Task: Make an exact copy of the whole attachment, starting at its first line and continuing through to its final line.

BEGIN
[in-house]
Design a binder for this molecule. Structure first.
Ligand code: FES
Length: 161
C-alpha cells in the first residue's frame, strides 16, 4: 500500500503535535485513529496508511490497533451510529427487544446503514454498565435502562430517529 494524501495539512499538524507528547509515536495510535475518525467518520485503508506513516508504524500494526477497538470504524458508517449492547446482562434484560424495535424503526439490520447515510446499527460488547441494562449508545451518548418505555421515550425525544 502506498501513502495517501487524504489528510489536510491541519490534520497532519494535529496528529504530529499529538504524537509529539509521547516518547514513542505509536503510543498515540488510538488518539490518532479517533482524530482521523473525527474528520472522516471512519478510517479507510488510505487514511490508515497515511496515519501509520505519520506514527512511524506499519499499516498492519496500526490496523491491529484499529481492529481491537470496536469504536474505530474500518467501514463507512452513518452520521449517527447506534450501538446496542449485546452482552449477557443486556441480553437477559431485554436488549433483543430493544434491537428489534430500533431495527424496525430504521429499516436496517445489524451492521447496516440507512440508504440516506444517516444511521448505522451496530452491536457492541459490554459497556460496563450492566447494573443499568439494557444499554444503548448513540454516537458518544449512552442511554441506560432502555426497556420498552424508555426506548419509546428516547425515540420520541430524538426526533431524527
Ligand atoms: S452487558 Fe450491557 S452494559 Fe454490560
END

[in-house]
Design a binder for this molecule. Structure first.
Ligand code: FES
Length: 161
C-alpha cells in the first residue's frame, strides 16, 4: 500500500503535535485513529496508511490497533451510529427487544446503514454498565435502562430517529 494524501495539512499538524507528547509515536495510535475518525467518520485503508506513516508504524500494526477497538470504524458508517449492547446482562434484560424495535424503526439490520447515510446499527460488547441494562449508545451518548418505555421515550425525544 502506498501513502495517501487524504489528510489536510491541519490534520497532519494535529496528529504530529499529538504524537509529539509521547516518547514513542505509536503510543498515540488510538488518539490518532479517533482524530482521523473525527474528520472522516471512519478510517479507510488510505487514511490508515497515511496515519501509520505519520506514527512511524506499519499499516498492519496500526490496523491491529484499529481492529481491537470496536469504536474505530474500518467501514463507512452513518452520521449517527447506534450501538446496542449485546452482552449477557443486556441480553437477559431485554436488549433483543430493544434491537428489534430500533431495527424496525430504521429499516436496517445489524451492521447496516440507512440508504440516506444517516444511521448505522451496530452491536457492541459490554459497556460496563450492566447494573443499568439494557444499554444503548448513540454516537458518544449512552442511554441506560432502555426497556420498552424508555426506548419509546428516547425515540420520541430524538426526533431524527
Ligand atoms: S452487558 Fe450491557 S452494559 Fe454490560